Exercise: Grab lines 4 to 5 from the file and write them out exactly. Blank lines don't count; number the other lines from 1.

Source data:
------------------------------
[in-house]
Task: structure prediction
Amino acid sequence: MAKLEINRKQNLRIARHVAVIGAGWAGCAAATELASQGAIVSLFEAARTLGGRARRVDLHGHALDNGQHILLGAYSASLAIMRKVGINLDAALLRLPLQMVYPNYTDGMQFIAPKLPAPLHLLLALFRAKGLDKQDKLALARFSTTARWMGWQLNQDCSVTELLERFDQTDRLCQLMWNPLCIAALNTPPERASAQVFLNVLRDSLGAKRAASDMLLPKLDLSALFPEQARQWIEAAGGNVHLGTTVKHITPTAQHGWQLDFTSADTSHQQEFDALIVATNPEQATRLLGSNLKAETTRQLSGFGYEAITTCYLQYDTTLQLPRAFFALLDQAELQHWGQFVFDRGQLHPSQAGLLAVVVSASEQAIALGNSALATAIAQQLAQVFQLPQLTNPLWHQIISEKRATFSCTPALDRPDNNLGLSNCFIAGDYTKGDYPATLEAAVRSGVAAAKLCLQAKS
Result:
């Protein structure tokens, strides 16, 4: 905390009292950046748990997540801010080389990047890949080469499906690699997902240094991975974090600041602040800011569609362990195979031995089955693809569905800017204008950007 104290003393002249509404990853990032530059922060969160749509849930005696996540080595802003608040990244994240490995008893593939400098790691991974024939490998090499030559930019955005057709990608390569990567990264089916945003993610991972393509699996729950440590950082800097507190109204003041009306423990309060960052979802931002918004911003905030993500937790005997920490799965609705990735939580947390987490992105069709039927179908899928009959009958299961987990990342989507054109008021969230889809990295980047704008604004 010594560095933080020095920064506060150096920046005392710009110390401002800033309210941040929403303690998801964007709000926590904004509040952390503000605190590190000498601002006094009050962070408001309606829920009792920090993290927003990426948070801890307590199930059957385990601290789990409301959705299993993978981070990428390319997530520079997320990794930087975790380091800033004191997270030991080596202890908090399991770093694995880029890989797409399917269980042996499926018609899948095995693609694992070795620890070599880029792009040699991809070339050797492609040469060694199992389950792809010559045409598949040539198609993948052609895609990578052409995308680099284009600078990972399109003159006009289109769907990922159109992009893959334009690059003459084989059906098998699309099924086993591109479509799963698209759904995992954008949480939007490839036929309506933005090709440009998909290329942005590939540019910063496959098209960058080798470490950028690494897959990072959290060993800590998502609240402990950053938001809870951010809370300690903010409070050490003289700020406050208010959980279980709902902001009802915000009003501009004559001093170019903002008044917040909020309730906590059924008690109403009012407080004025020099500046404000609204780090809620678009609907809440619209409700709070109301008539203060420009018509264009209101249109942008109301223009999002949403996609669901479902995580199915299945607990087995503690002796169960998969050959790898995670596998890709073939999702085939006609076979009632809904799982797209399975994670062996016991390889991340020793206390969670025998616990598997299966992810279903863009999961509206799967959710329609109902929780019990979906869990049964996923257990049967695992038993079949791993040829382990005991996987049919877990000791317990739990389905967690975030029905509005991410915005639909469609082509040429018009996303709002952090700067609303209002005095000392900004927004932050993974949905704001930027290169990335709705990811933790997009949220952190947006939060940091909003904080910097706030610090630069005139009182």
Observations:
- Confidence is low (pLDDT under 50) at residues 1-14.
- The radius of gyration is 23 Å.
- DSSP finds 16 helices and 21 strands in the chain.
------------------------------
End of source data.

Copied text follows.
Result:
């Protein structure tokens, strides 16, 4: 905390009292950046748990997540801010080389990047890949080469499906690699997902240094991975974090600041602040800011569609362990195979031995089955693809569905800017204008950007 104290003393002249509404990853990032530059922060969160749509849930005696996540080595802003608040990244994240490995008893593939400098790691991974024939490998090499030559930019955005057709990608390569990567990264089916945003993610991972393509699996729950440590950082800097507190109204003041009306423990309060960052979802931002918004911003905030993500937790005997920490799965609705990735939580947390987490992105069709039927179908899928009959009958299961987990990342989507054109008021969230889809990295980047704008604004 010594560095933080020095920064506060150096920046005392710009110390401002800033309210941040929403303690998801964007709000926590904004509040952390503000605190590190000498601002006094009050962070408001309606829920009792920090993290927003990426948070801890307590199930059957385990601290789990409301959705299993993978981070990428390319997530520079997320990794930087975790380091800033004191997270030991080596202890908090399991770093694995880029890989797409399917269980042996499926018609899948095995693609694992070795620890070599880029792009040699991809070339050797492609040469060694199992389950792809010559045409598949040539198609993948052609895609990578052409995308680099284009600078990972399109003159006009289109769907990922159109992009893959334009690059003459084989059906098998699309099924086993591109479509799963698209759904995992954008949480939007490839036929309506933005090709440009998909290329942005590939540019910063496959098209960058080798470490950028690494897959990072959290060993800590998502609240402990950053938001809870951010809370300690903010409070050490003289700020406050208010959980279980709902902001009802915000009003501009004559001093170019903002008044917040909020309730906590059924008690109403009012407080004025020099500046404000609204780090809620678009609907809440619209409700709070109301008539203060420009018509264009209101249109942008109301223009999002949403996609669901479902995580199915299945607990087995503690002796169960998969050959790898995670596998890709073939999702085939006609076979009632809904799982797209399975994670062996016991390889991340020793206390969670025998616990598997299966992810279903863009999961509206799967959710329609109902929780019990979906869990049964996923257990049967695992038993079949791993040829382990005991996987049919877990000791317990739990389905967690975030029905509005991410915005639909469609082509040429018009996303709002952090700067609303209002005095000392900004927004932050993974949905704001930027290169990335709705990811933790997009949220952190947006939060940091909003904080910097706030610090630069005139009182």